Oh dear. So now I'm addicted to Twitter. For those of you who don't know what that means, a) where have you been? And b) worry not, it's not exactly like crack, it's just similar. According to Wikipedia, "Twitter is a social networking and micro-blogging service that enables its users to send and read other users' updates, known as tweets. Tweets are text-based posts of up to 140 bytes in length..." BLAH, BLAH, BLAH – you get the gist.
All you need to know is that the big three are on it: Obama, Britney and Stephen Fry, basically everyone who matters. Twitter gives you a fascinating insight into the inner workings of their minds, their deepest fears, hopes for the future, evaluation of past mistakes. (I'm kidding, they post unreasonably banal sentences about potentially interesting things. Apart from Fry, who always finds time to say something awesome, such as: "Watching proboscis monkeys feed. My dear, the noise...".
I have a Twitter account but I'm rubbish at it, if it's possible to be rubbish at something so permissive. I find it hard to write the truth in fear of the 1,276 "followers" (or random strangers) I gathered in the space of a week abandoning me.
I've just arrived in Williamsburg, Brooklyn, where the streets are awash with ATM machines and pretty girls in ugly T-shirts. I wandered in to the nearest café I could find, only to discover MGMT sitting cosily in the corner. This is the equivalent of venturing towards Central Park and finding the entire cast of Friends on a sofa in a coffee house. I wolfed down my arugula salad and promptly left.
To get to Williamsburg, I first had to endure the tedium of the flight from London to JFK. I was sidetracked by Chanel (strictly window shopping only) and then got busted by a group of 30 schoolkids in the departure lounge. I don't remember ever being that unsubtle when I was a teenager, they nudged one another and giggled at me from the other side of the room. I felt as though I was being weirdly bullied. It was the second time that week I had been jeered at by schoolkids (OK, the first time was by polite primary schoolchildren).
Once onboard, I noticed the man in the seat next to me had a dictaphone in his left hand and a mobile phone is his right. For the entirety of the flight he spoke into his contraption in hushed tones, weighted to his seat by a toppling pile of paperwork. Why did I choose the business flight?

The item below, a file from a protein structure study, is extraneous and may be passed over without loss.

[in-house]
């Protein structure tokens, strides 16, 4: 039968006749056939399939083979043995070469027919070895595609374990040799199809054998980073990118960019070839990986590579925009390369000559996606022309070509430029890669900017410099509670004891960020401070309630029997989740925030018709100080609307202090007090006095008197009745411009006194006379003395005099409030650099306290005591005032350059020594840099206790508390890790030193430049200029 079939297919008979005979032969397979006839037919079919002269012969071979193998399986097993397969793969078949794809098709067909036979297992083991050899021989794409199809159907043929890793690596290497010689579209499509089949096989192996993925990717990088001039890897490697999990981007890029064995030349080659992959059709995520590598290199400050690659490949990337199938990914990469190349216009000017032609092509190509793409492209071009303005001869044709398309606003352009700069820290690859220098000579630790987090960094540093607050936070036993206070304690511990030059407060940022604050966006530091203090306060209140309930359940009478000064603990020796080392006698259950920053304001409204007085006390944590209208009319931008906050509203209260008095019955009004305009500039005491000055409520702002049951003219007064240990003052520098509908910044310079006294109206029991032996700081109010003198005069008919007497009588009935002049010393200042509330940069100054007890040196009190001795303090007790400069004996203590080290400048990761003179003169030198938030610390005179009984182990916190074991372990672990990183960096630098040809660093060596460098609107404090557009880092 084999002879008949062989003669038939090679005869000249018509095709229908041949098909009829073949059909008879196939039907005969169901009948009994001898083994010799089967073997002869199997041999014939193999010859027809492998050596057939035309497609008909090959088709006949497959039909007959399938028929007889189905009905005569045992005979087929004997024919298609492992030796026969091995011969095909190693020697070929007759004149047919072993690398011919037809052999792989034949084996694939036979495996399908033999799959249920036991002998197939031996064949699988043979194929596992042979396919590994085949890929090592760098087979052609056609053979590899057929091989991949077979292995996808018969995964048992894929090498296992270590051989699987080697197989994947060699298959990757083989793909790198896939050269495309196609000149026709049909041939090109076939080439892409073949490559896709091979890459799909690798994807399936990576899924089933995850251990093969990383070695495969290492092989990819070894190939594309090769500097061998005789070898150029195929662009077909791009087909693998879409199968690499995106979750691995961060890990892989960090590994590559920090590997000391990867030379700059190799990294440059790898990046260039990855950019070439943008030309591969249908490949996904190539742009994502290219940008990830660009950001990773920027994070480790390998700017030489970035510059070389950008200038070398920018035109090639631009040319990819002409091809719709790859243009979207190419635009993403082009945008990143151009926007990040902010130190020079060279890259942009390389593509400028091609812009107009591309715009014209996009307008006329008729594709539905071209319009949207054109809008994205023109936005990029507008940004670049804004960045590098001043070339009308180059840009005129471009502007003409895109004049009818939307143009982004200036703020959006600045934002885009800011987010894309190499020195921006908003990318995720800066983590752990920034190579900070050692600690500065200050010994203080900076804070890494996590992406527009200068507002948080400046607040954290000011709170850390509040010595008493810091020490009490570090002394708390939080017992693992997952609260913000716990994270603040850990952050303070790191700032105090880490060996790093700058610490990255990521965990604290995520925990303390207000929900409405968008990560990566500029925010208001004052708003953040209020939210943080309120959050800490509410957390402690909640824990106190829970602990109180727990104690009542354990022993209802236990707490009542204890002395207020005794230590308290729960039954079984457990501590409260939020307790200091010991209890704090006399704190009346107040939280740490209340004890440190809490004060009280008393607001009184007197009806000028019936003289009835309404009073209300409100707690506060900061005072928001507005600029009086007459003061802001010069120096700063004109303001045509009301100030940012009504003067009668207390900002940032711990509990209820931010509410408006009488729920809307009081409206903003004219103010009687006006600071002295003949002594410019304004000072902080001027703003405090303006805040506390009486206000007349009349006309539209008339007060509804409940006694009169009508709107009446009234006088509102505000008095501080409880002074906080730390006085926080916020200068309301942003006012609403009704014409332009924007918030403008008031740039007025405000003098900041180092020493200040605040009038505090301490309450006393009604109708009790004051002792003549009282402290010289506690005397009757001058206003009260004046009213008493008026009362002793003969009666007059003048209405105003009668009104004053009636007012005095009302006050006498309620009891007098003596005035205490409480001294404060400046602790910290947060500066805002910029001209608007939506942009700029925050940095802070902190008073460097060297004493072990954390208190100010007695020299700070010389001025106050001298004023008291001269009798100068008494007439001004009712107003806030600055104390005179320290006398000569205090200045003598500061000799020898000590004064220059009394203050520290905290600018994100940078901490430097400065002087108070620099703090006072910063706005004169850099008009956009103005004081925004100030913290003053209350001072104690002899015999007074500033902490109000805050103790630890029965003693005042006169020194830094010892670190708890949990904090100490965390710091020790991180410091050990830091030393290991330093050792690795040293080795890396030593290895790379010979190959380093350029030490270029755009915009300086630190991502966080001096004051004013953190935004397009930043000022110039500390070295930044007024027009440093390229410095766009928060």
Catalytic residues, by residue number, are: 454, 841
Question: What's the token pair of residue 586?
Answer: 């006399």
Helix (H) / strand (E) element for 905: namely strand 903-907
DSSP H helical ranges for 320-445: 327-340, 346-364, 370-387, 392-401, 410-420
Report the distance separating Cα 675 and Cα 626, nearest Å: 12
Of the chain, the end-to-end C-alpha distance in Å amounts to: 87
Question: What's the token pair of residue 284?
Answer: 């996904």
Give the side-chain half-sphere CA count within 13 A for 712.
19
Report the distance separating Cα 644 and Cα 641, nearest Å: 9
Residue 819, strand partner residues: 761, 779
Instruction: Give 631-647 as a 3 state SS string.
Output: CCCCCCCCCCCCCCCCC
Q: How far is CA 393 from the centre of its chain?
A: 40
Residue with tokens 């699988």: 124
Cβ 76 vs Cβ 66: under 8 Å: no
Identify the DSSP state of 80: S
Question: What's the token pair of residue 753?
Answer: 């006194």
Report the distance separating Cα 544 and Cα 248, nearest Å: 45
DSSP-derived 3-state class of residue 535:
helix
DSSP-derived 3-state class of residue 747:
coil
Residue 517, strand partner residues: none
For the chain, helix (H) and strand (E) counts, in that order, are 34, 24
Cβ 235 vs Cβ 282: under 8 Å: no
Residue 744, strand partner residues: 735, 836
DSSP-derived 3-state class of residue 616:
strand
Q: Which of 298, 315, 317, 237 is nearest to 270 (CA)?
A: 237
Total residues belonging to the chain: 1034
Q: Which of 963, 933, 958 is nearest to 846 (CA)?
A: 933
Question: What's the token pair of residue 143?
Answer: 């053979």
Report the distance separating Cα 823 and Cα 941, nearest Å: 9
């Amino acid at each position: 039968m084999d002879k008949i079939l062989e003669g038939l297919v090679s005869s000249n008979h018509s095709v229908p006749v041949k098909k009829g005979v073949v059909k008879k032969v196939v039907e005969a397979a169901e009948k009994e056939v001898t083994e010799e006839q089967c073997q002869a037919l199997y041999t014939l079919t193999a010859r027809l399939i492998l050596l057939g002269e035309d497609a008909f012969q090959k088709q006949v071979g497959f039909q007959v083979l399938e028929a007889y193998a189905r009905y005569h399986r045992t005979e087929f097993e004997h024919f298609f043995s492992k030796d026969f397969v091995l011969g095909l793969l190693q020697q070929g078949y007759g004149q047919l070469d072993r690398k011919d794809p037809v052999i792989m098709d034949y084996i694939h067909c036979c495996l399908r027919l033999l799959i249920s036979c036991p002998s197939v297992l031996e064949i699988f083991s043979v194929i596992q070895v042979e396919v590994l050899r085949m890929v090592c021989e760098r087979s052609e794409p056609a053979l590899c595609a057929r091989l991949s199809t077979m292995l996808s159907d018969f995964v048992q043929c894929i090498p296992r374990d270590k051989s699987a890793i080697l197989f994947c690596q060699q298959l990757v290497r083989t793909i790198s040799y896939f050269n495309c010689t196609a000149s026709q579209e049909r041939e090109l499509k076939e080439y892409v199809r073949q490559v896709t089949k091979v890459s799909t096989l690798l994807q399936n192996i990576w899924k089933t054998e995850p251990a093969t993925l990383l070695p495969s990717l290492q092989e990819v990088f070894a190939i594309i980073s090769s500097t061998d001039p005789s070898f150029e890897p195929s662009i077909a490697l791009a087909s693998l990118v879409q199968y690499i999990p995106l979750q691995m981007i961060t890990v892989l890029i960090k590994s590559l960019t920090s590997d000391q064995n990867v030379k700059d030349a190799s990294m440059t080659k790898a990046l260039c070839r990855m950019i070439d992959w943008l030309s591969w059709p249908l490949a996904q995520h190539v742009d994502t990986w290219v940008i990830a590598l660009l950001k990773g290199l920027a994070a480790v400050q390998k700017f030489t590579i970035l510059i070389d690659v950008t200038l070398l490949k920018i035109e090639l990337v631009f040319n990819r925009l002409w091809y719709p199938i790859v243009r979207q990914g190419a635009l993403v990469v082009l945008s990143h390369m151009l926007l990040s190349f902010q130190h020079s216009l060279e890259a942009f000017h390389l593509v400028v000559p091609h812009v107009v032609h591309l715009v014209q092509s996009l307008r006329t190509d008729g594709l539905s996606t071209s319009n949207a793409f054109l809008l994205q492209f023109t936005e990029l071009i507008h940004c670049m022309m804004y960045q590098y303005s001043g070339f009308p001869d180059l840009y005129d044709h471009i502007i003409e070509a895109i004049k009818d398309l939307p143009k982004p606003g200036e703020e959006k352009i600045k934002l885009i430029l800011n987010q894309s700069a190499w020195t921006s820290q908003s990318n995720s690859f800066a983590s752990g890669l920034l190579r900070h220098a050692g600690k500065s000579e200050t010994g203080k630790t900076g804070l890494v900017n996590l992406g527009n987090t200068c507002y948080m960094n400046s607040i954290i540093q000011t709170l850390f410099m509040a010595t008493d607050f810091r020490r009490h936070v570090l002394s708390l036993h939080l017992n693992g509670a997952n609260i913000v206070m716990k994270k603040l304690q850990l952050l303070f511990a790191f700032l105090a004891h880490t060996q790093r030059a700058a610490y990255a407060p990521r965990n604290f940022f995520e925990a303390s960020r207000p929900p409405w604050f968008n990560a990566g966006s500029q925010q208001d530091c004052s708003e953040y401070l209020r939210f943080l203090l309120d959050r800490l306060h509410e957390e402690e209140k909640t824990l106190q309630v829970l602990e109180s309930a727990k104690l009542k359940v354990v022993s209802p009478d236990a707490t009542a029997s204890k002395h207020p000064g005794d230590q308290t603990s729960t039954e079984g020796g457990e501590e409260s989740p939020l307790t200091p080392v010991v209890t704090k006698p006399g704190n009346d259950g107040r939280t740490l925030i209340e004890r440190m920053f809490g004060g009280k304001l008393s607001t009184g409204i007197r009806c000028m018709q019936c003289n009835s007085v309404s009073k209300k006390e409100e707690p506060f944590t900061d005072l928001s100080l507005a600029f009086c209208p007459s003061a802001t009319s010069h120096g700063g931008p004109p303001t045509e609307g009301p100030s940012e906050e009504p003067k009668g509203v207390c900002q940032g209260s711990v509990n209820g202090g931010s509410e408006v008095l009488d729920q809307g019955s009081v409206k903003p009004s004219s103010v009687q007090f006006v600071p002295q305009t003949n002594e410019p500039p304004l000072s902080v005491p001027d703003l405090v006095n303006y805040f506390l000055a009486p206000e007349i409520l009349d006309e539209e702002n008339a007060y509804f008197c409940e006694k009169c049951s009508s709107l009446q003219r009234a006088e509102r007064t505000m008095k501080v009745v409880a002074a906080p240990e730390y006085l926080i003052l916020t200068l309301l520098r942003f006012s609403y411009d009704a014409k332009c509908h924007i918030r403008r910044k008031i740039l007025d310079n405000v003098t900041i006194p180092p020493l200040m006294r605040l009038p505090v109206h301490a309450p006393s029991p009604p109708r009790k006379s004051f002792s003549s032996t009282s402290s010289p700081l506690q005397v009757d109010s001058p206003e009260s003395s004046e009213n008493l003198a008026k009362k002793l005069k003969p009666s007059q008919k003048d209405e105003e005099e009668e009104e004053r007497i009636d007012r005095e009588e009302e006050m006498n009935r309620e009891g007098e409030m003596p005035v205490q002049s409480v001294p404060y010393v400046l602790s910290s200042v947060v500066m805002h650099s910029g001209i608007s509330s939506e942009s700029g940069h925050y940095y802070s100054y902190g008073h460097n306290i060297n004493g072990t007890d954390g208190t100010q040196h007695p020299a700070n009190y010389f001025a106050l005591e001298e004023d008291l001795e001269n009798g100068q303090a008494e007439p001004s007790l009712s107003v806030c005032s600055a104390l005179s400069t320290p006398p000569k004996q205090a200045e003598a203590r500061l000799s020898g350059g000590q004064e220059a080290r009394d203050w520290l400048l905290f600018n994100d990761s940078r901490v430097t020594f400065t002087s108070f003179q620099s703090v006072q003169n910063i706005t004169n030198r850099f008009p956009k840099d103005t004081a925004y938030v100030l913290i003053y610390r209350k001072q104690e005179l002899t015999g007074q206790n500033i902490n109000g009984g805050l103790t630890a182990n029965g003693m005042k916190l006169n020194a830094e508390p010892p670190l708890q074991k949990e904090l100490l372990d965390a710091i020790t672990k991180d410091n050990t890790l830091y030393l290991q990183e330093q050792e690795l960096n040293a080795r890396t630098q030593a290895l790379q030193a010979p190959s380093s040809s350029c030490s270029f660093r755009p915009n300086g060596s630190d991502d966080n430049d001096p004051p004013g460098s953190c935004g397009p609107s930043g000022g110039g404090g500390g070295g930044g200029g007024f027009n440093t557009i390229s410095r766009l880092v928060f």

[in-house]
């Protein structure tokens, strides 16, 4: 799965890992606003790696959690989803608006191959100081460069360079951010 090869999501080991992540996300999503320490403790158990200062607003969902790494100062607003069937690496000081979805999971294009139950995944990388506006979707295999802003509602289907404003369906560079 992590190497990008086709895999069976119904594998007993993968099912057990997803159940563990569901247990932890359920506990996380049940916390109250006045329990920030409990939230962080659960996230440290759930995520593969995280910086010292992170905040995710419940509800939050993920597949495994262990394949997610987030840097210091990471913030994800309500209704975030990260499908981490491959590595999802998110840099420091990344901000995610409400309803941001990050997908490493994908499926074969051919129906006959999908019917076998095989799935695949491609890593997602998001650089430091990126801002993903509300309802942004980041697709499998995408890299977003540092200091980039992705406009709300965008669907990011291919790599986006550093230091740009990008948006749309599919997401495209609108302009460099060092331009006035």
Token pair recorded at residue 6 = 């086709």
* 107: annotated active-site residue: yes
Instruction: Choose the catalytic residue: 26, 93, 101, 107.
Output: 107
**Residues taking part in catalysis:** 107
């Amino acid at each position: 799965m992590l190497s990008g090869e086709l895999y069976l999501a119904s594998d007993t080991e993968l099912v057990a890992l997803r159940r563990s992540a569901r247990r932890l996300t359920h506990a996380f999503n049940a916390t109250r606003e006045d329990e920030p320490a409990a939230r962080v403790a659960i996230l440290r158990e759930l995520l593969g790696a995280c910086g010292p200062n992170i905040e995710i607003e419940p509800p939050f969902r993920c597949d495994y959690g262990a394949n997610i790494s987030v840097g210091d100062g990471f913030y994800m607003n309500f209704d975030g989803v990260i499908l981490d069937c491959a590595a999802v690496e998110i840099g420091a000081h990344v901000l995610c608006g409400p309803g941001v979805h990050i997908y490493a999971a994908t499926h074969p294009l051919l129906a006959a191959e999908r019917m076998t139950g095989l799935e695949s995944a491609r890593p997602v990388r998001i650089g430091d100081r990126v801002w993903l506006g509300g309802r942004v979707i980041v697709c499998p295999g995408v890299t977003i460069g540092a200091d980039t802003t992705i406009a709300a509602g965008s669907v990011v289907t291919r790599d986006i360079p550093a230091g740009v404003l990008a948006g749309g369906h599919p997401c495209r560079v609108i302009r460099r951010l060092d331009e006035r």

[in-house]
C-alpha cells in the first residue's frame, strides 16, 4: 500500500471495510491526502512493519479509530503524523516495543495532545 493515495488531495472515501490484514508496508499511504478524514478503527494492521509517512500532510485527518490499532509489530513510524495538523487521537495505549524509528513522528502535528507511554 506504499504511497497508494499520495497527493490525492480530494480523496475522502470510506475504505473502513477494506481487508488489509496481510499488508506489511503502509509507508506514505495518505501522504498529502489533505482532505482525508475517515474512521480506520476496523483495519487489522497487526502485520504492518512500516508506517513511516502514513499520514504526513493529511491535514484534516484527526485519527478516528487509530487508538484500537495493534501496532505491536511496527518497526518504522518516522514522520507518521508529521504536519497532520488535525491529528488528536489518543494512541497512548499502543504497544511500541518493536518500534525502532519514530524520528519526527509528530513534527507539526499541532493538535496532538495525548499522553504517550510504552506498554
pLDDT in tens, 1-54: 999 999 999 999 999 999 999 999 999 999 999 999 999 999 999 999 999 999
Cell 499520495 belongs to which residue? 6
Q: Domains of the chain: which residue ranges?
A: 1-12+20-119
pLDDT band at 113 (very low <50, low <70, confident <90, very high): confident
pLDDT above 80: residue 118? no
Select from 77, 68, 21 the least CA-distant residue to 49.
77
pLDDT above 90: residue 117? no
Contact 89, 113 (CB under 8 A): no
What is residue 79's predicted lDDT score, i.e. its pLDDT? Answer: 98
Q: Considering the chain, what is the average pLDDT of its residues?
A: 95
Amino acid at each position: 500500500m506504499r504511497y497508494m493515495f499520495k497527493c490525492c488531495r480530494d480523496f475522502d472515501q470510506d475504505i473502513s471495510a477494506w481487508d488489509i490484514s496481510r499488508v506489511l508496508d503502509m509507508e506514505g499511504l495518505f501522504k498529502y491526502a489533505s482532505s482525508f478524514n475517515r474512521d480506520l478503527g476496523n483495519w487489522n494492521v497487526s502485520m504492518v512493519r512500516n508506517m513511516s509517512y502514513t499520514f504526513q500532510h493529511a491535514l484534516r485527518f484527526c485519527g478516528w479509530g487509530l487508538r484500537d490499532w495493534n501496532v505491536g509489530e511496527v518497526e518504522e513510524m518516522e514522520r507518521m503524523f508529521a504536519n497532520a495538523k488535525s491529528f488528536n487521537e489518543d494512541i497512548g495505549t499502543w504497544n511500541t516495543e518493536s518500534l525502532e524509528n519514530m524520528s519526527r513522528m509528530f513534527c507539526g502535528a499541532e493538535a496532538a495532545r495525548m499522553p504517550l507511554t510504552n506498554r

To mask the sounds of yet another report being filed, I searched the movie listings for something to watch. I settled upon Twilight first, closely followed by The Reader, all washed down with a depressing documentary on Britney Spears. Twilight made me wish I was 13 again. If I loved it now, I would have been positively obsessed with it then. When Baz Luhrman's Romeo + Juliet was released, when I was a young teen, I learned every single line in the movie. I was convinced that I'd grow up to marry Leonardo DiCaprio. But when I popped the question in an interview I was doing with him, he politely declined and so I had to move on with my life and let it go.
The Britney documentary was rather moving. Not being able to leave your own house without a barrage of security and a thousand eyes staring must be bleak. I actually started to tear up when she said she had dreams of being free and doing normal things like walking in a park with her friends and then she'd wake up and realise it wasn't possible. Imagine your dreams being of a humdrum life and your reality being a nightmare. None of this is covered on her Twitter page.
Two facts I learned this week: a mouse can fit through a hole the diameter of a pencil; and the longest word you can make without repeating a single letter is "uncopyrightable".
Having stumbled across these facts through conversations with friends, I then endeavoured to collect more, so here you go: Thomas Edison, light bulb inventor, was afraid of the dark; Florence Nightingale invented the pie chart; and 100 people can fit in the mouth of a blue whale.